The explanation of the petechiae has the same significance as a marker of gasping, but the path of reasoning is much less direct. Petechial hemorrhages occur when a distended capillary ruptures. The rupture likely occurs where the capillary is deformed like a small aneurysm on its least supported surface. A classic test for scurvy, vitamin C deficiency that weakens the collagen encircling the capillary, was to inflate a blood pressure cuff on the arm at a pressure that let arterial blood in, but blocked blood flow out of the arm. The capillaries would overfill and burst on the skin surface if scurvy had weakened them. There are other causes of petechial hemorrhages, but keep the image of this mechanism mind, as we pursue further evidence.

A similar pattern of intrathoracic petechiae is a common feature in the autopsy of infants with Sudden Infant Death Syndrome (SIDS)2,3. One explanation for the petechiae follows from the understanding that some SIDS occurs with the infant in the prone position. In this position if a blanket or other deformable surface is against the nose and mouth of the infant, the infant can exhale pushing the surface away, but inhaling will be blocked by the surface sucking upward. Thus, the lungs become emptied to their residual volume by exhalation, at the same time that the infant is gasping to maximally expand the chest. The combination of the deflated lungs and expanded chest would create a large vacuum or negative pressure in the chest cavity. This in effect would suck blood into the lungs distending the capillaries, and the negative pressure in the chest cavity would distort the surface capillaries that did not have strong surrounding tissue support. As a result, these aneursymally dilated, over-distended capillaries would rupture. At least in SIDS, the lack of petechiae in the cervical portion of the thymus is in keeping with this explanation.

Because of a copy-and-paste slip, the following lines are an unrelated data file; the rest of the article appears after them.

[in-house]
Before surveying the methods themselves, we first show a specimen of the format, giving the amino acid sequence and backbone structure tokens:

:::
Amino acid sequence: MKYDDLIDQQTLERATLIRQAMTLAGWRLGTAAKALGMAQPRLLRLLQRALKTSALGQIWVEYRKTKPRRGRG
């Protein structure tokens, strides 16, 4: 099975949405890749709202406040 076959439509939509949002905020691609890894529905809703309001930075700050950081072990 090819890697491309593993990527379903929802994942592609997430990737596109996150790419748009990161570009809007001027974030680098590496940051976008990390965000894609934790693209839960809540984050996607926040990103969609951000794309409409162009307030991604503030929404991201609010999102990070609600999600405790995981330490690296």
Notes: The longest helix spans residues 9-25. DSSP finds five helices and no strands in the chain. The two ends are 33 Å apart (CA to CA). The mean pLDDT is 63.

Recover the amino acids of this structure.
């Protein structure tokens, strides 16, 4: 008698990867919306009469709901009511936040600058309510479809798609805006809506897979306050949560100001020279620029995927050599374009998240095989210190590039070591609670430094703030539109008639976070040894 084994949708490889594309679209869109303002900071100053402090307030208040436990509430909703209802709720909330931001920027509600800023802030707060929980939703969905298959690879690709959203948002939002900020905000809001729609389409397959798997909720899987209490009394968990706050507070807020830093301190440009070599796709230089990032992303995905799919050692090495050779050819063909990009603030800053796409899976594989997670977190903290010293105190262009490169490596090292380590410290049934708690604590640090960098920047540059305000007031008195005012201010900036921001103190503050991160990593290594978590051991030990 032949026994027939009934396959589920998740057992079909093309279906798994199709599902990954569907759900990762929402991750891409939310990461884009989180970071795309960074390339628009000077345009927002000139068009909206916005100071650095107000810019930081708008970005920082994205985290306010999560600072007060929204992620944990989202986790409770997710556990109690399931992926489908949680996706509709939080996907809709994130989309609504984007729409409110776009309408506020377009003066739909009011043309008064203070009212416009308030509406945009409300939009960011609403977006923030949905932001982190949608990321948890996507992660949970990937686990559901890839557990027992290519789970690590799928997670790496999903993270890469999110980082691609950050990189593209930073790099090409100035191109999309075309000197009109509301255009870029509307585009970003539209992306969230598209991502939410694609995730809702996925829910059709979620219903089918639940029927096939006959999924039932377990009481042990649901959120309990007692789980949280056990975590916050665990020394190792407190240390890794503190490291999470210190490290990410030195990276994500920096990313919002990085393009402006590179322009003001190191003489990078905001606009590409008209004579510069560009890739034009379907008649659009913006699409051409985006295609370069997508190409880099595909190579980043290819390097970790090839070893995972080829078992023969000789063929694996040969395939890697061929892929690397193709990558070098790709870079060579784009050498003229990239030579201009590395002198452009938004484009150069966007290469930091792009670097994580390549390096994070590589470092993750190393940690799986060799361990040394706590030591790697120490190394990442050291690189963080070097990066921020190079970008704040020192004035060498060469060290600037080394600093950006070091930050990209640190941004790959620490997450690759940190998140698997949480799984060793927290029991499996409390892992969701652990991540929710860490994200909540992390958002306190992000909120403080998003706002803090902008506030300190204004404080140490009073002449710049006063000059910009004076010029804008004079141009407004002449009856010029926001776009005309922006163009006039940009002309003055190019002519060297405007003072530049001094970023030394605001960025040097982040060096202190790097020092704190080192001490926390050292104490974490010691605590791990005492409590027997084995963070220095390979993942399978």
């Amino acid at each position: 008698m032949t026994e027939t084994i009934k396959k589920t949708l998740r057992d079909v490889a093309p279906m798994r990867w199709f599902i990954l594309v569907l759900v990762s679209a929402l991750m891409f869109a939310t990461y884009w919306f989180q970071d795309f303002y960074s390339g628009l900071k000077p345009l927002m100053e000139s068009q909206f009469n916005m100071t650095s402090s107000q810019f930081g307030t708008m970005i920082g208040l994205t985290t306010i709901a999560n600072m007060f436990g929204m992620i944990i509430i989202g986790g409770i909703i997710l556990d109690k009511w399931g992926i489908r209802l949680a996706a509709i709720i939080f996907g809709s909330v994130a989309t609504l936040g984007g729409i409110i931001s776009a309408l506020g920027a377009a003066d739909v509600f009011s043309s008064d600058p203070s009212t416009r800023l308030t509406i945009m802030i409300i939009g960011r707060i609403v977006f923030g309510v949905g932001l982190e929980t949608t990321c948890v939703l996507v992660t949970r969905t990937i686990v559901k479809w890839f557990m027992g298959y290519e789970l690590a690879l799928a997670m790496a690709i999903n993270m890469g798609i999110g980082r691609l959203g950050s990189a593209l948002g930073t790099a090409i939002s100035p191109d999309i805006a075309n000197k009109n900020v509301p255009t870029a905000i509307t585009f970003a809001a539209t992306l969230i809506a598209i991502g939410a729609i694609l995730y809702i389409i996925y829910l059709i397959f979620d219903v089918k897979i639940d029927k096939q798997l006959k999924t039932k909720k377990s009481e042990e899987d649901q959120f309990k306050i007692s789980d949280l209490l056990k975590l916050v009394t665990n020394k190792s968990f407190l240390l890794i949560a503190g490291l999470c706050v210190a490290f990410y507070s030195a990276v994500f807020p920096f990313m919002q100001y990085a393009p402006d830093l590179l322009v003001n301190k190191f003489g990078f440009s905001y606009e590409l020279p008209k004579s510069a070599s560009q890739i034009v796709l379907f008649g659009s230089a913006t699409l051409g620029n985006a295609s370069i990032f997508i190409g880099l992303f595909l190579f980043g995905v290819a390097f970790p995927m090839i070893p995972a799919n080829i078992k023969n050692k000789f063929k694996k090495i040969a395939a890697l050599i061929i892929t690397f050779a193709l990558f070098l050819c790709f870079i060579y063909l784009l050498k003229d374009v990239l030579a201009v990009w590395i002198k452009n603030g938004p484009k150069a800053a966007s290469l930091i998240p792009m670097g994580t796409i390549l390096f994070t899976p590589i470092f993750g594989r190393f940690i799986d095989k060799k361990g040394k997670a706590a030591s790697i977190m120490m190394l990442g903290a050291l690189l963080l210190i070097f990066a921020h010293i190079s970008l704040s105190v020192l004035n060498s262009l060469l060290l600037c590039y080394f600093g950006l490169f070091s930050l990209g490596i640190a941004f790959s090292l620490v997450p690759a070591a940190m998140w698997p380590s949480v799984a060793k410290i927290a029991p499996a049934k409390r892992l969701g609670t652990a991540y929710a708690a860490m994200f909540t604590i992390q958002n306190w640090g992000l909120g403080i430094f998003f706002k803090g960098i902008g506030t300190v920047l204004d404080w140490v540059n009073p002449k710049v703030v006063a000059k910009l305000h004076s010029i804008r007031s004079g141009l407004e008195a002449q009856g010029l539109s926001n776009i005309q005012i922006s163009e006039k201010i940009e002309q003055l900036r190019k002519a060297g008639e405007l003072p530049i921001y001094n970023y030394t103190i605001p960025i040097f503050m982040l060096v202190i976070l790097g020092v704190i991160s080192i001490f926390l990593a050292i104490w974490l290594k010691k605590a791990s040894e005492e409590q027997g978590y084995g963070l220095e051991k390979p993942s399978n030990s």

Some years ago we had Dr. Bruce Beckwith, an expert on SIDS pathology, as guest faculty, and he explained that the above scenario corresponds with the experimental production of intrathoracic petechiae. If an animal’s trachea is occluded at end expiration, intrathoacic petechiae occur, but if the trachea is occluded at other points in the respiratory cycle when the lungs have more air, the petechiae are inhibited. While this is all very important to understanding SIDS, how does it relate to stillbirth?